India will make their foray into day-night Test when they take on Bangladesh in the second Test of the series in Kolkata. It will be Bangladesh’s pink-ball debut as well. While the Eden Test has elicited considerable excitement, it has generated hype as well as intrigue, especially around the pink ball. What is a pink ball? How is it different from a red ball? How will it behave? How is it different from the pink Kookaburra ball which was experimented for the first time in the Indian domestic arena in the Duleep Trophy for three seasons?
This will be the first time the pink SG ball will be used in top-level cricket. Firstpost caught up with SG marketing director to understand the physics, dynamics and behaviour of the SG pink ball which is going to be used in the first Test between India and Bangladesh in Kolkata.
How different is pink ball from the red ball?
The difference is that the red SG ball’s colour comes by dyeing it, similar to how you dye various fabrics. In the case of the pink ball, there is a (colouring) pigment which is coated in layers and cured. That is the basic difference in how the colour comes on the ball and that is what we are all talking about different colour.
The manufacturing process is the same. The difference is with colour. How do you get that colour and ensure that it stays for long? As I said, the red is dyed and after that, we don’t do anything else to bring colour to it. But in the case of pink, it is dyed but the colour is not bright enough to use it under lights so we have a pigment coat and it’s done in stages, you put one layer then cure it and then another one and cure it and then you cover it with a clear coat, that’s the difference how the colour comes. In red ball, the colour comes straight, put it in a dye, it absorbs the red colour which is good enough and there is no other process done on it. It’s ready the next day. For pink, just to prepare the colour, the process takes six days.
In terms of characteristics, what’s the difference between the two balls?
Because of more shine on the pink ball, there is obviously more swing and for a longer duration because it stays new for a bit longer than the red ball. And beyond that, everyone knows that the Indian fast bowlers have been able to shine it on one side and swing it later on once it’s been used for 30-40 overs. In the case of the pink ball, because of the extra shine, it will be difficult to create that difference between both the sides (shiny and rough) of the ball to get that reverse swing. So that will be a challenge. It’s not that it’s not possible but it will have to be prepared differently.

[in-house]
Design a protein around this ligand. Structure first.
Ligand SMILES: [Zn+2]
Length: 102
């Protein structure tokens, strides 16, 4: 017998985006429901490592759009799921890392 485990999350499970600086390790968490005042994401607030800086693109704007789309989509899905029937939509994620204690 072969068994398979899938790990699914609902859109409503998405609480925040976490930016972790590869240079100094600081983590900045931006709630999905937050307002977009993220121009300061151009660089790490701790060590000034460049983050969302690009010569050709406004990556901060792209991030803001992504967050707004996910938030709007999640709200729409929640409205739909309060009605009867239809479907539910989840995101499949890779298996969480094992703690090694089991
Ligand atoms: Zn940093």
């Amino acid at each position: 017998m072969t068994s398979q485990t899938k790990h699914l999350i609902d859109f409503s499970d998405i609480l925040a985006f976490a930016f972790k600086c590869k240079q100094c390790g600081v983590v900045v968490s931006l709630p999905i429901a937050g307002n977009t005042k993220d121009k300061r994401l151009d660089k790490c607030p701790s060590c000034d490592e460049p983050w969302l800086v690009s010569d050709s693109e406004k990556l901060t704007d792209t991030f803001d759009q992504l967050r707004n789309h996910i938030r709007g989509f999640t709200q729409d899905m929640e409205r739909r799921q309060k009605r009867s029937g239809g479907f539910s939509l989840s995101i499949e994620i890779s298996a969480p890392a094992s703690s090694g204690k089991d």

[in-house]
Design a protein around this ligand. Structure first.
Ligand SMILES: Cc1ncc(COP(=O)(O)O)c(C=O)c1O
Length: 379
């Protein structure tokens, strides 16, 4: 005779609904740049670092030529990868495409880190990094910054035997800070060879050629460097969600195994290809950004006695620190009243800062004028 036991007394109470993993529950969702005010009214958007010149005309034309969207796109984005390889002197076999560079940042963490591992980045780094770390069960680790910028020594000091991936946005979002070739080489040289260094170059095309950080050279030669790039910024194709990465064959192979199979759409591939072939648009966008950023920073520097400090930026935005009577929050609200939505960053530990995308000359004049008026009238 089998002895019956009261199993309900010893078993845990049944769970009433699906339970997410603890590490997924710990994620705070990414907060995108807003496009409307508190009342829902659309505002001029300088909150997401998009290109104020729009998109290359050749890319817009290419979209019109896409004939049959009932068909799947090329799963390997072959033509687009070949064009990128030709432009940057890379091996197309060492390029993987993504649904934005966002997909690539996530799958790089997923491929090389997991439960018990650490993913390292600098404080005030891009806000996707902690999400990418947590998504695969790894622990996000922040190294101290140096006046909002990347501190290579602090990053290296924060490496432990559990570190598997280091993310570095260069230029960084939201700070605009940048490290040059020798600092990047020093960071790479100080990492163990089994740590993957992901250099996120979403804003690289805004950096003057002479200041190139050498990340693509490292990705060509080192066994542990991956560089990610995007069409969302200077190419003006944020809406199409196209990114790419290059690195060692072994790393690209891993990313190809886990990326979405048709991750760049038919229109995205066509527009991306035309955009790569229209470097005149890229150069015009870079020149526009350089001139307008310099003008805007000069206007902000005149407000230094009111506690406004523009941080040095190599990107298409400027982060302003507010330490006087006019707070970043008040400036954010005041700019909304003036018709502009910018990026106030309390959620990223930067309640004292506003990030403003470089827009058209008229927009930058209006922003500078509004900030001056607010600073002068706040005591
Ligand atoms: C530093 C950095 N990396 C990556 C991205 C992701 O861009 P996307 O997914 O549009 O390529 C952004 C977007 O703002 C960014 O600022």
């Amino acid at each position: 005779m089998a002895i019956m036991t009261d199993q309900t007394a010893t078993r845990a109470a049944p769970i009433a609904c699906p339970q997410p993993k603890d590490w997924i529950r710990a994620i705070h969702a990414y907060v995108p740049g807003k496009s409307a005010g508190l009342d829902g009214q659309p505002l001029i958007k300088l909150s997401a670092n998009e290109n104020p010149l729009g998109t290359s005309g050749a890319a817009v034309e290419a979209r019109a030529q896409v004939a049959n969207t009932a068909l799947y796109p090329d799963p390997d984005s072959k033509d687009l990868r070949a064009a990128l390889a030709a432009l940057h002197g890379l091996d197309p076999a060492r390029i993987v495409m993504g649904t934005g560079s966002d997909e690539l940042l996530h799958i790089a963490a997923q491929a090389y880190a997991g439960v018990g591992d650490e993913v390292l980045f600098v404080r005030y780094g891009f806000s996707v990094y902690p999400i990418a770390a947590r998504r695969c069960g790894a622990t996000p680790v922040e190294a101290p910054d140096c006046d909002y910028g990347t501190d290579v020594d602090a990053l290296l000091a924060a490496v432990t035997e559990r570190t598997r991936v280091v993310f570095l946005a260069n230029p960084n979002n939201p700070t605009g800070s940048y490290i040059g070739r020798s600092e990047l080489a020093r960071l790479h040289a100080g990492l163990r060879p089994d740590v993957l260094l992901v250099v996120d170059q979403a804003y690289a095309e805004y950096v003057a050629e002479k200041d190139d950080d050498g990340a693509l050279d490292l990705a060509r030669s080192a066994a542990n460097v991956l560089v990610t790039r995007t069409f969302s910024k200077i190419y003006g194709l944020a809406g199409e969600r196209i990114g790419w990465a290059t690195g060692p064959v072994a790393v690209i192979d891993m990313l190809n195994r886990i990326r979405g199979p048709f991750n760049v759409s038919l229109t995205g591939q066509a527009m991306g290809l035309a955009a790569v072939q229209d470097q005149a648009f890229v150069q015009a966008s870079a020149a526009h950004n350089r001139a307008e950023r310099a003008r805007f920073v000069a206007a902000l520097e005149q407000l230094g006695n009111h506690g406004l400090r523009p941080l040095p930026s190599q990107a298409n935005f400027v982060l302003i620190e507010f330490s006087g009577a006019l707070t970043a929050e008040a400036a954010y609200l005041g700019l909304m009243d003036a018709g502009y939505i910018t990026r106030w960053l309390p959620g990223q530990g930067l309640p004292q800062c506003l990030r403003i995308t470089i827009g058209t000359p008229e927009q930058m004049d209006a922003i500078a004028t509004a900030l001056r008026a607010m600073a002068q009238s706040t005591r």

What characteristics of red ball will pink SG retain?
The seam. The seam is absolutely the same that we have created for this Test match. The red and the pink have the same seam and the core. So the shape retention, the hardness, everything that we worked on the red ball has been passed on to the pink ball.
Players who have played with the ball in the practice session have said that the lateral movement is big. How long will the lateral movement continue?
In red ball, the ball stays new for about 15-20 overs depending on the pitch and ground condition. In the case of the pink ball, it lasts a bit longer, say 20-25 overs. Because of the shine, there will be more movement, that is what the players are saying. That’s the nature of the ball, because of the colour, how it’s protected, how we’ve coated the ball.
What’s the reason for the swing?
To protect the colour. You coat it more with the shiny layer.
What kind of coat is used?
It’s a Clear PU coat that we put on the ball. It’s a protection layer. When you paint, it’s a colour, this is not a colour, it’s clear, so that gives us gloss and that helps in retaining the colour. The whole idea with a pink ball — why you need grass, lush outfield, layers of protections — is because it has to be used for 80 overs. The white ball is used for only 20 overs in T20s and 25 in ODIs. But here you have to use it for 80 so there are other ground conditions which are critical along with the cricket ball.